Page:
Yet in all these cuts, wealthier students are less likely to be impacted than their lower-income peers, in large part because their parents ensure they are exposed to enrichment opportunities either at school (perhaps paid for by fundraising efforts) or in ...

By Haylie Bernacki, Specialist of Unified Sports School and College Growth, Special Olympics North America Project UNIFY 

For years, a main initiative within Special Olympics Project UNIFY schools and State Programs has been the expansion of Unified Sports, which combines individuals with and without intellectual disabilities on the same team. It was inspired by a simple principle: training together and playing together is a quick path to friendship and understanding. Project UNIFY State Program staff are expanding relationships with state interscholastic associations to increase the credibility, reach, and depth of Unified Sports throughout school districts across the country. The hope is that every child will be able to play on a school sports team, regardless of their ability level. ...

By Elaine Weiss, National Coordinator, Broader, Bolder Approach to Education, and Noelle Ellerson, Associate Executive Director, Policy & Advocacy, AASA, The School Superintendents Association

Since the 1983 release of A Nation at Risk, policymakers have asserted that US students are falling behind their international peers, with dire consequences if we do not improve. The result has been three decades of increasingly high-stakes "standards-and-accountability" reforms, which rely on rigorous academic standards and test-based evaluation systems to hold schools and teachers accountable for student progress. As a comprehensive 2011 National Academy of Sciences report found, there is no evidence that this strategy has produced any meaningful improvement. Moreover, a series of recent reports suggests that we have been misinterpreting A Nation at Risk. Our education system is not so much falling behind as it is pulling apart, and the past decade of heightened accountability measures has likely further widened the gaps.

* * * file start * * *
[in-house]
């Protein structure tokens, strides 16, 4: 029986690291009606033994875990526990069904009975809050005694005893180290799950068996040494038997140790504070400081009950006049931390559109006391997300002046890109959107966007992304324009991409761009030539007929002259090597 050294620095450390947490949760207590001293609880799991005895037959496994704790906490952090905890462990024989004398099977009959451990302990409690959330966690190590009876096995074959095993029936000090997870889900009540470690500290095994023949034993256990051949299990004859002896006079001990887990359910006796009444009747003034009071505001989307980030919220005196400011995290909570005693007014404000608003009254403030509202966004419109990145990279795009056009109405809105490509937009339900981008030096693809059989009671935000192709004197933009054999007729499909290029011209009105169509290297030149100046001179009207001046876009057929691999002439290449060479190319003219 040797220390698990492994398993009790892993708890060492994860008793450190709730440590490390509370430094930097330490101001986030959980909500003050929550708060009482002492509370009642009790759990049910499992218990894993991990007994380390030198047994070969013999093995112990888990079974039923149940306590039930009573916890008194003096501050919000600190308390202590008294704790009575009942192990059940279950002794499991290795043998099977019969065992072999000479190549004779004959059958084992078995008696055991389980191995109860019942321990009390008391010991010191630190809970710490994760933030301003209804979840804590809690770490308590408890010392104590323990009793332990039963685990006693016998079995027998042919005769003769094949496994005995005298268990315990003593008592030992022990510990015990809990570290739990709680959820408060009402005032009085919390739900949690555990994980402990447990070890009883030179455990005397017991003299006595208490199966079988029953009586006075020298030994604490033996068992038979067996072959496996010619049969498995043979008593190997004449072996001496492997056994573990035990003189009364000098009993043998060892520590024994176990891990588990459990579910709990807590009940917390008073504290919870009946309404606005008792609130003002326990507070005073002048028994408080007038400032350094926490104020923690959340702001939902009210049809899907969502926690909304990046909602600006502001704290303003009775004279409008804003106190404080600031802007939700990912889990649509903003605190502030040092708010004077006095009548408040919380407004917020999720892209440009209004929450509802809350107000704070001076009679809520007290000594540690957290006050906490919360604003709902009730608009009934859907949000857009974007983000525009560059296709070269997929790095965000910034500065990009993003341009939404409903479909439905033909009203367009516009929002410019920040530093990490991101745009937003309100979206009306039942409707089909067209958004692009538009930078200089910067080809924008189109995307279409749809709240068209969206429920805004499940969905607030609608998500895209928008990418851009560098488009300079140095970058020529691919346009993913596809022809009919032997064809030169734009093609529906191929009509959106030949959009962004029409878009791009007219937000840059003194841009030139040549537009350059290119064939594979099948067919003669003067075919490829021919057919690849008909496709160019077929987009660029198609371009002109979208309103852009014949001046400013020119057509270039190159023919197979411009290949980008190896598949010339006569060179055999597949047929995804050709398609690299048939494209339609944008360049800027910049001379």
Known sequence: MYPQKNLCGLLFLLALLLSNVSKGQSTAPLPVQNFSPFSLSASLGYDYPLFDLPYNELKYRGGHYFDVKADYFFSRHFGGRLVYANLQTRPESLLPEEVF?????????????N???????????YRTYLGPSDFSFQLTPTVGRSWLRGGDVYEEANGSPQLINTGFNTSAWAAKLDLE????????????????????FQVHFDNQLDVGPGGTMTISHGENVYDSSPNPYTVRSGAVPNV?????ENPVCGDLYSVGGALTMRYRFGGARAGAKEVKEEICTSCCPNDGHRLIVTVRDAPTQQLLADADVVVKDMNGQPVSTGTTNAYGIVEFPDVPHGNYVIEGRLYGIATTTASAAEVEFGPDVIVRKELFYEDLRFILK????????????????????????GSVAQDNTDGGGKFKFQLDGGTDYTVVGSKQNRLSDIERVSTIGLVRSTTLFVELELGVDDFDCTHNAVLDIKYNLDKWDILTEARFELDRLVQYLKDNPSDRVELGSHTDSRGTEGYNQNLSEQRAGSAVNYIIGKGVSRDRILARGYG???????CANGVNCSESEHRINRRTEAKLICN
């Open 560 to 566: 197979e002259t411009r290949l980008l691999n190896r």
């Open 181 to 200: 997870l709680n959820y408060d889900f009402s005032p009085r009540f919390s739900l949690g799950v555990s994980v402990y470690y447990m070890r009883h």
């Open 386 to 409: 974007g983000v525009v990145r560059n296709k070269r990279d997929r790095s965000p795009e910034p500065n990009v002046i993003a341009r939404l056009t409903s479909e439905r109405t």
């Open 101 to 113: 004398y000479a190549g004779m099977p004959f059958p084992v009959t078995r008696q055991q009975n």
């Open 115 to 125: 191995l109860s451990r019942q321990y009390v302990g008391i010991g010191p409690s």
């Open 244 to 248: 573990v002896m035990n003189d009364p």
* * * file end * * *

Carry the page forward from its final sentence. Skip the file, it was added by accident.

The Equity and Excellence Commission's February report, For Each and Every Child, points to poverty and inequities as core hurdles to U.S. educational improvement. It focuses on the long-neglected issues of school funding equity and state school finance systems, and its core recommendations include more equitable school finance, access to preschool, and comprehensive student supports. Soon after that report's publication, the Council on Foreign Relations released the newest report in its Renewing America Scorecard series. Its findings echo those of the Equity and Excellence Commission: "The real scourge of the U.S. education system -- and its greatest competitive weakness -- is the deep and growing achievement gap between socioeconomic groups that ...